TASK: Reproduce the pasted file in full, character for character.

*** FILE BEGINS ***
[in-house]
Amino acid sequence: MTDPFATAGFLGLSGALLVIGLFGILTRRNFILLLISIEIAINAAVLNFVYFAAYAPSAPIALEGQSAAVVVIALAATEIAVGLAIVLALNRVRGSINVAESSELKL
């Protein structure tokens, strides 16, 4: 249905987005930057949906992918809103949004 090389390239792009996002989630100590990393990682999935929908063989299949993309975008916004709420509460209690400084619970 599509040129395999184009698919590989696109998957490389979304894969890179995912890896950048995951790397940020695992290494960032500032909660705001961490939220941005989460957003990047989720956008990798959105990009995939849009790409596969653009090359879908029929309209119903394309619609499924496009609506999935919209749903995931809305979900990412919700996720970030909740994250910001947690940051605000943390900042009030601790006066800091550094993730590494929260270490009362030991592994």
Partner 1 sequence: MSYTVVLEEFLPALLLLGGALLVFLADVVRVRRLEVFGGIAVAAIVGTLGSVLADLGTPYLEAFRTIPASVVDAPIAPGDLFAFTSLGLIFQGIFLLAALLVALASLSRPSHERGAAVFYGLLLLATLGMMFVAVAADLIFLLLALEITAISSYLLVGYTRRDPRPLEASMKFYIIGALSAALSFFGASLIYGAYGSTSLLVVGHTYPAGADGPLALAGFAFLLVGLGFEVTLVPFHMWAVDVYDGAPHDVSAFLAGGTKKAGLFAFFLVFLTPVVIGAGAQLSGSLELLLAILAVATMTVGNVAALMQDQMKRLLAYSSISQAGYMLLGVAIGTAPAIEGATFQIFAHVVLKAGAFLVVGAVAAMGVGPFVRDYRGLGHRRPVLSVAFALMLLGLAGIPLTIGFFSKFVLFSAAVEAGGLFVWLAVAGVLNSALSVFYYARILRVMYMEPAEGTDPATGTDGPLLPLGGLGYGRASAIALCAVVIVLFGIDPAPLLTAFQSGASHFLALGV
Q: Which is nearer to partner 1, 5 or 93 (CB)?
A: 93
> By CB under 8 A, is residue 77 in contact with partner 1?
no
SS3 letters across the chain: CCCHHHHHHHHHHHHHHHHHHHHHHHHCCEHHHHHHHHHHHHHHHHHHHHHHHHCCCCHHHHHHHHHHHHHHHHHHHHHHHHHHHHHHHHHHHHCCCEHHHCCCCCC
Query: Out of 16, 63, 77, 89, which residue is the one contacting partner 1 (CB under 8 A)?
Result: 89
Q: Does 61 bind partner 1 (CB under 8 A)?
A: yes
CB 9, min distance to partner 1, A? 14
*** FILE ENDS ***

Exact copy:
[in-house]
Amino acid sequence: MTDPFATAGFLGLSGALLVIGLFGILTRRNFILLLISIEIAINAAVLNFVYFAAYAPSAPIALEGQSAAVVVIALAATEIAVGLAIVLALNRVRGSINVAESSELKL
């Protein structure tokens, strides 16, 4: 249905987005930057949906992918809103949004 090389390239792009996002989630100590990393990682999935929908063989299949993309975008916004709420509460209690400084619970 599509040129395999184009698919590989696109998957490389979304894969890179995912890896950048995951790397940020695992290494960032500032909660705001961490939220941005989460957003990047989720956008990798959105990009995939849009790409596969653009090359879908029929309209119903394309619609499924496009609506999935919209749903995931809305979900990412919700996720970030909740994250910001947690940051605000943390900042009030601790006066800091550094993730590494929260270490009362030991592994």
Partner 1 sequence: MSYTVVLEEFLPALLLLGGALLVFLADVVRVRRLEVFGGIAVAAIVGTLGSVLADLGTPYLEAFRTIPASVVDAPIAPGDLFAFTSLGLIFQGIFLLAALLVALASLSRPSHERGAAVFYGLLLLATLGMMFVAVAADLIFLLLALEITAISSYLLVGYTRRDPRPLEASMKFYIIGALSAALSFFGASLIYGAYGSTSLLVVGHTYPAGADGPLALAGFAFLLVGLGFEVTLVPFHMWAVDVYDGAPHDVSAFLAGGTKKAGLFAFFLVFLTPVVIGAGAQLSGSLELLLAILAVATMTVGNVAALMQDQMKRLLAYSSISQAGYMLLGVAIGTAPAIEGATFQIFAHVVLKAGAFLVVGAVAAMGVGPFVRDYRGLGHRRPVLSVAFALMLLGLAGIPLTIGFFSKFVLFSAAVEAGGLFVWLAVAGVLNSALSVFYYARILRVMYMEPAEGTDPATGTDGPLLPLGGLGYGRASAIALCAVVIVLFGIDPAPLLTAFQSGASHFLALGV
Q: Which is nearer to partner 1, 5 or 93 (CB)?
A: 93
> By CB under 8 A, is residue 77 in contact with partner 1?
no
SS3 letters across the chain: CCCHHHHHHHHHHHHHHHHHHHHHHHHCCEHHHHHHHHHHHHHHHHHHHHHHHHCCCCHHHHHHHHHHHHHHHHHHHHHHHHHHHHHHHHHHHHCCCEHHHCCCCCC
Query: Out of 16, 63, 77, 89, which residue is the one contacting partner 1 (CB under 8 A)?
Result: 89
Q: Does 61 bind partner 1 (CB under 8 A)?
A: yes
CB 9, min distance to partner 1, A? 14